Ethics and privilege play key roles in tax, and technology can be a factor to consider, too. To wade into this quagmire, Tax Executive’s senior editor, Michael Levin-Epstein, sat down (virtually) with a recognized expert in the field, Dan Ermel, a partner at RSM US LLP.
Michael Levin-Epstein: Is there a difference in privilege between attorneys and CPAs?
Dan Ermel: Yes, there is a difference, and it’s a very important distinction to consider. The attorney-client privilege applies to confidential communication between a client and legal counsel for purposes of obtaining legal advice. A key emphasis here is related to the term “legal advice.” On the other side, you have Internal Revenue Code Section 7525 that creates a limited tax practitioner privilege that protects certain communication between taxpayers and their CPAs. A side note, I’m using the term “CPA” here in a broad context. Section 7525 applies to any federally authorized tax practitioner that can practice before the Internal Revenue Service. So, it’s important to note that with respect to Internal Revenue Code Section 7525 that privilege is very limited. It applies only to federal tax advice, so if a taxpayer or in-house tax professionals are working with a CPA firm to prepare annual income tax returns, this would generally not be considered tax advice, and there would be no privilege extended to income tax compliance services. Additionally, the privilege under Section 7525 would not apply if the issue at hand was a criminal tax matter or in connection with a tax shelter. So, yes, you can see there’s a significant difference that taxpayers and tax professionals need to consider should privilege be a concern in various communications or interactions with their attorneys versus their CPAs.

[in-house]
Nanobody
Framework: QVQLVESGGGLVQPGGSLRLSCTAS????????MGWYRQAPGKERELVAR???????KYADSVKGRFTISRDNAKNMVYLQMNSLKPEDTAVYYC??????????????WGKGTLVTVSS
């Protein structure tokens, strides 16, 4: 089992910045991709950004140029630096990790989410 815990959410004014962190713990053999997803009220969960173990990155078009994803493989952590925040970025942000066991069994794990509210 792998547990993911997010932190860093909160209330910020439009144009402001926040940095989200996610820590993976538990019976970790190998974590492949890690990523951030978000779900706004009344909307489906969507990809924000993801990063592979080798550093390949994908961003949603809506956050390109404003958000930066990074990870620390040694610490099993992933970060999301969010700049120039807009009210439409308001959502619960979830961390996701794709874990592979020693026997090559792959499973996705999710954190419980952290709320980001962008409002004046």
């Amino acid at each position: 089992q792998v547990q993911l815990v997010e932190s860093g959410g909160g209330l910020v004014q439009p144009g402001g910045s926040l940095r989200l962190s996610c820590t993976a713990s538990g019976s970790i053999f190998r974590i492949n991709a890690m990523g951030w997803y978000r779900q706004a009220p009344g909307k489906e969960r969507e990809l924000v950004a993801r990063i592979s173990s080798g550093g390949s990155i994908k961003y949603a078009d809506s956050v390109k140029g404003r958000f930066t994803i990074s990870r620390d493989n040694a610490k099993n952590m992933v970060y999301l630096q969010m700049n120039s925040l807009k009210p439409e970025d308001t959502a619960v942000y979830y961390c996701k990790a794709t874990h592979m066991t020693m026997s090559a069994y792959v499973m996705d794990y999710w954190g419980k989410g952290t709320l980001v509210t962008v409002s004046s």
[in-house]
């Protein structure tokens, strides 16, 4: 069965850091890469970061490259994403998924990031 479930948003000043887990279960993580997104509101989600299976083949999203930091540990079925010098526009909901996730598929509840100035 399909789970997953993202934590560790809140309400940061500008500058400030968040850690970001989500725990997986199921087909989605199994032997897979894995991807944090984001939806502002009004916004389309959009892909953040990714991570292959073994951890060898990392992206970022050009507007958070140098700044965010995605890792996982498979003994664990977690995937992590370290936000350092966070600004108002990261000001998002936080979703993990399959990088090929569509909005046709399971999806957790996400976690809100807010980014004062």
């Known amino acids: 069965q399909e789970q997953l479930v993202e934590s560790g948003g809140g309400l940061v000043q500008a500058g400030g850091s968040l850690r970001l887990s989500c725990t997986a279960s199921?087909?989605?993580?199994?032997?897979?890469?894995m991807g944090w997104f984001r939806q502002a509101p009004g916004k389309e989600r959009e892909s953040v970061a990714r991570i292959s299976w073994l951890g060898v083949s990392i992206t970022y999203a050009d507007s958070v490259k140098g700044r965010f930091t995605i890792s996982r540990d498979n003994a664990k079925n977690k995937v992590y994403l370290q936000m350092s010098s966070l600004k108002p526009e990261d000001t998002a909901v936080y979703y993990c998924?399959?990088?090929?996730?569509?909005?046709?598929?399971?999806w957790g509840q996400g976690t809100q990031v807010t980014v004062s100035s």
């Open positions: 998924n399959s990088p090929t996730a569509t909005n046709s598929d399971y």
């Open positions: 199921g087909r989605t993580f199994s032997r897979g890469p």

Levin-Epstein: What are common issues or considerations related to privilege when working with public accounting firms?
Ermel: I think first and foremost there should be an expectation that there generally is no privilege with tax return preparers. As I mentioned above, Section 7525 only applies to federal tax advice, not tax return preparation. Second, should privilege be a priority related to a certain issue or transaction, there is an opportunity to have the work with a CPA be privileged under what is referred to as a “Kovel arrangement.” A Kovel arrangement occurs when the taxpayer engages an attorney, and then the attorney separately engages a third party to provide tax services to assist the attorney in providing services to the taxpayer. So, the purpose of these Kovel arrangements is to preserve the taxpayer’s claims of attorney-client privilege.
Levin-Epstein: How widespread are these Kovel arrangements?
Ermel: In my experience, they’re fairly limited. In the public accounting setting, it’s not something that is an everyday situation. But they do come up. I would say that they also tend to come up in certain niche areas or with certain niche practices. But in the public accounting setting, many tax professionals may never even see one, depending on what kind of services they provide. But they do tend to pop up every once in a while with the larger firms.
Levin-Epstein: Are there certain issues or limitations related to Kovel arrangements with public accounting firms?